Hilary Mantel is giving this year’s Reith Lectures on history and fiction and we invite anyone interested in her talks and her work to join in discussion of her lectures here.
If you would like to blog for us on any aspect of Mantel’s Lectures or how you address issues she raises in your own work, please email email@example.com or DM @HelenRogers19c.
We hope to continue the conversation beginning here at the forthcoming Creative Histories conference at Bristol University, 19-21 July 2017, organized by Will Pooley @willpooley. For more information and registration click here.
Our first blog post is by Helen Rogers.
I have been looking forward to Hilary Mantel’s Reith Lectures. She does not disappoint. Does anyone write more exquisitely either about the idea of history or the art of the historical novelist than Mantel in her opening lecture, published today in the Guardian?
Mantel is astute in her assessment of the historian’s craft, and in what it shares with the historical novelist’s art, and where they depart.
The historian, the biographer, the writer of fiction work within different constraints, but in a way that is complementary, not opposite. The novelist’s trade is never just about making things up. The historian’s trade is never simply about stockpiling facts. Even the driest, most data-driven research involves an element of interpretation. Deep research in the archives can be reported in tabular form and lists, by historians talking to each other. But to talk to their public, they use the same devices as all storytellers – selection, elision, artful arrangement. The 19th-century historian Lord Macaulay said, “History has to be burned into the imagination before it can be received by the reason.”
So what, then, are the differences in how historians and historical novelists use imagination and interpretation? For Mantel, it comes down to emotions and feeling.
To retrieve history we need rigour, integrity, unsparing devotion and an impulse to scepticism. To retrieve the past, we require all those virtues, and something more. If we want added value – to imagine not just how the past was, but what it felt like, from the inside – we pick up a novel. The historian and the biographer follow a trail of evidence, usually a paper trail. The novelist does that too, and then performs another act, puts the past back into process, into action, frees the people from the archive and lets them run about, ignorant of their fates, with all their mistakes unmade.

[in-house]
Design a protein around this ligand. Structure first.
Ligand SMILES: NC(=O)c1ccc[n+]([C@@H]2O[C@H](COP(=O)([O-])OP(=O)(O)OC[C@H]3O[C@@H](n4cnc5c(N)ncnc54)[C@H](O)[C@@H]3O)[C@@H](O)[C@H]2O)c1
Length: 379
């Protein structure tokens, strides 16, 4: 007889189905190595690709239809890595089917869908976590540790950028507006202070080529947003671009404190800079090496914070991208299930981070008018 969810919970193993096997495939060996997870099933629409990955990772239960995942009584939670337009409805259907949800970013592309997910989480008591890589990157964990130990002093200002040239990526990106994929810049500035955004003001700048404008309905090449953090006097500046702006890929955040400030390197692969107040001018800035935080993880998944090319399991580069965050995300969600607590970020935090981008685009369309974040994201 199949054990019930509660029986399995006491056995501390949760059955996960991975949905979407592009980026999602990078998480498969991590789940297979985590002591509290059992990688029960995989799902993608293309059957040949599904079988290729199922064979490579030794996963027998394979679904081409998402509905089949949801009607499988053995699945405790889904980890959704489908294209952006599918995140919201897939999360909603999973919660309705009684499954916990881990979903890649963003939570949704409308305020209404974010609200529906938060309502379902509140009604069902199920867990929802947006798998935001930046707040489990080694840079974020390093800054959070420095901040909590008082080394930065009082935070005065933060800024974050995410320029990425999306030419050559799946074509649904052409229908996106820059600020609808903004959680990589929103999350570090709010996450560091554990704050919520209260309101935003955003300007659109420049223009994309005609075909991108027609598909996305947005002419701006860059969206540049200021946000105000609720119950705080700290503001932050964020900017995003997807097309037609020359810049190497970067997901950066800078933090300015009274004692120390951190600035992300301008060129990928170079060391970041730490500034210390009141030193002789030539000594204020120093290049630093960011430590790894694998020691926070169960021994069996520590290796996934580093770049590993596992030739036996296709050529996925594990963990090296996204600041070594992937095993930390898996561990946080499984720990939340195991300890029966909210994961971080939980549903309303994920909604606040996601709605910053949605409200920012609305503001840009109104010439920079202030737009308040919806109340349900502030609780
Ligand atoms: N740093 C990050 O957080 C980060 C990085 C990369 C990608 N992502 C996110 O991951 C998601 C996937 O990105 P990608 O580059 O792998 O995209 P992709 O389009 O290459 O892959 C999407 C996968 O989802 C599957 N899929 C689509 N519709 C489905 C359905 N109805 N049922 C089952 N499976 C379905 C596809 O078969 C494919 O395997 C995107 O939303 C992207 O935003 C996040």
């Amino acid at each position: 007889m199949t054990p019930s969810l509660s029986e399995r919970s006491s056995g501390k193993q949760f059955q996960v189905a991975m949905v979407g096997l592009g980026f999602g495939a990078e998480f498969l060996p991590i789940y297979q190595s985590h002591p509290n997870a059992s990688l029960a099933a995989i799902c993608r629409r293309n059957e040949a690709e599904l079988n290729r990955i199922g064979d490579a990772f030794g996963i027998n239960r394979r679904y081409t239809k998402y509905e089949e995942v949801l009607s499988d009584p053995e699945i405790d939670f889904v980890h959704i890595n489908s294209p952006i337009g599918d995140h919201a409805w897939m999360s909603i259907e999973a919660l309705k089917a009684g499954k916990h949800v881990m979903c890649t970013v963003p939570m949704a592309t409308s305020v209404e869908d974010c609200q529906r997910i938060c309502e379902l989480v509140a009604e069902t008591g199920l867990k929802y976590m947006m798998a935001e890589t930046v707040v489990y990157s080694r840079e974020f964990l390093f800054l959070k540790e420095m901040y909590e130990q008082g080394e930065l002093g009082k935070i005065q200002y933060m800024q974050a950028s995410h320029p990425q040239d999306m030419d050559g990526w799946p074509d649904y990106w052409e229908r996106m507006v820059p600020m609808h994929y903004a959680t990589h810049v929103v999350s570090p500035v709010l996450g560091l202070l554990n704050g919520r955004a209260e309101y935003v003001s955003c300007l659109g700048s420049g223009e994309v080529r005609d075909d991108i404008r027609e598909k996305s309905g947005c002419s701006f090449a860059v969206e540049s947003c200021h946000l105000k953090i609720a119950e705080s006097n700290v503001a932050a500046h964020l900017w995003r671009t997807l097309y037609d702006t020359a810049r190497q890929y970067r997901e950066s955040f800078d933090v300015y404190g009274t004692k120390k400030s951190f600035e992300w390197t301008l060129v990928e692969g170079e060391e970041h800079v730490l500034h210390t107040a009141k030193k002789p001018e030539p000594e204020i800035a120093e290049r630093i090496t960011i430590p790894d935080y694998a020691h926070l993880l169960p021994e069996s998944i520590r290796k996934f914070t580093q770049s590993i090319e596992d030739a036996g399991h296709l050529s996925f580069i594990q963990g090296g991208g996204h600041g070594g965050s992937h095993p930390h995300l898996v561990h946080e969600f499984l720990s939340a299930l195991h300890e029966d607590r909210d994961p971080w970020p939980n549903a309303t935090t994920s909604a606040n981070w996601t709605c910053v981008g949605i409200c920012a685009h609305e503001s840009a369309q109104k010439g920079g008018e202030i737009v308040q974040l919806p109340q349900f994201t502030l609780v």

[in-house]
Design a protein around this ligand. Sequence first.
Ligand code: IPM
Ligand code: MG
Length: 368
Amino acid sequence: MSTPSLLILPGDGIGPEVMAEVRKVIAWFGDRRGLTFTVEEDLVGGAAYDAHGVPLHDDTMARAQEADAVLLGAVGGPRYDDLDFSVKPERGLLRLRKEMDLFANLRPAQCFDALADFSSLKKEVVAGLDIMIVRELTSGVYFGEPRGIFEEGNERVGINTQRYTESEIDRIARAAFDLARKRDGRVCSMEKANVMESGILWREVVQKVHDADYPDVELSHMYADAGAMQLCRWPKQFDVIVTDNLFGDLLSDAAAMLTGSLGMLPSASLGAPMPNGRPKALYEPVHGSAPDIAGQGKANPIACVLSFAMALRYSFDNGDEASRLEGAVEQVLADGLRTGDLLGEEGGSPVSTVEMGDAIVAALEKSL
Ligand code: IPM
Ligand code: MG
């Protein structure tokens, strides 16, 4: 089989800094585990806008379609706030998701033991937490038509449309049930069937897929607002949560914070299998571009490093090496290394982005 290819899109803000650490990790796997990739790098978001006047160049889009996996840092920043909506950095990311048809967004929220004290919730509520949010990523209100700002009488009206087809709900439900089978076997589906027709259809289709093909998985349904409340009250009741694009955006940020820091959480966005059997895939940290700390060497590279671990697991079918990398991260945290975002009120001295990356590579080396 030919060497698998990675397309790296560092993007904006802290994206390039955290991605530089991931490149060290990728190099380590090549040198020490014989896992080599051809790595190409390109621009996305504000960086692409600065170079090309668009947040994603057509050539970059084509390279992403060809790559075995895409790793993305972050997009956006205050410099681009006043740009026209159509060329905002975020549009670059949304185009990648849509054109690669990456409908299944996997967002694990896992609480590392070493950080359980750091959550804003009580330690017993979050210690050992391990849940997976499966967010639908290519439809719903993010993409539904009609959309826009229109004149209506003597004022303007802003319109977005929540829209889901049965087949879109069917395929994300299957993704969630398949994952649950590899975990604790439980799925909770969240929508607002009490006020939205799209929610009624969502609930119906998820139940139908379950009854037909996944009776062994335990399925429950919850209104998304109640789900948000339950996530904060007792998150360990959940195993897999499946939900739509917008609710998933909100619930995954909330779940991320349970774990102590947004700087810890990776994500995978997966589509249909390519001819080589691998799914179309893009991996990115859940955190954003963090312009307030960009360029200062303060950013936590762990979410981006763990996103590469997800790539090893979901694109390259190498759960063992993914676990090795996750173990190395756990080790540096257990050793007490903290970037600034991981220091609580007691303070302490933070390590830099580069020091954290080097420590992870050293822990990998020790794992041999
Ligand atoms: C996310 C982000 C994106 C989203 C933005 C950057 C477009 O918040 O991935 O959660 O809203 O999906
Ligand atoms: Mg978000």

But is it only through a novel—or other works of fiction—that we can feel the past from the inside? Surely creative non-fiction, including historical works, can do this too?
In the book I am writing on the encounters between prisoners and their teacher—Conviction: Sin and Salvation in a Victorian Gaol—I have been using a variety of story-telling techniques to free the convicted from the prison archive and to make them come alive on the page.
My starting point was the journals in which the teacher, Sarah Martin, recorded her interactions with prisoners. The scenes conjured by these diary entries are like flickering sequences from black-and-white silent film. Voices and conversations are compressed into brief captions of dialogue, inserted between stills and the teacher’s judgmental remarks on the characters in view.
To animate the drama and adjust the frame, so readers can see each scene from different points of view, I draw on what I have discovered about prisoners’ histories and the circumstances that led them to the gaol. Suspense lies not in proving guilt or innocence but in illuminating the small dramas of ordinary lives, both eventful and mundane, and the rhythms and discords of human interaction and emotion.
The stories I recreate are not fictional in the way of a novel. Historical novelists and literary non-fiction writers usually do their research before they write, then put their notes aside so they are free to imagine and invent without being weighed down by detail. But only by keeping the records close can I evoke a sense of time and place. Each story emerges out of the details.
All the dialogue in my book is taken from historical sources—the pre-trial examinations, the Gaoler’s books, and the teacher’s journals—because these are the nearest I can get to the words that were spoken. Occasionally, I change reported speech into the first-person in order to convey immediacy and pace, and, for the purpose of clarity, I standardize names and sometimes alter wording slightly.
But I also imagine episodes that the prison visitor only hinted at in her writing in order to explore the memories and doubts that both fired and disturbed her conviction. The mood and atmosphere in these sequences are drawn from what I know of the prison visitor’s character, conveyed by all her writings and actions. And through dramatic reconstruction, I also aim to lift the convicted out of the cells in order to show individuals on their own turf and as they saw themselves—as personalities rather than as the caricatures depicted in the bald, terse lines of the prison records.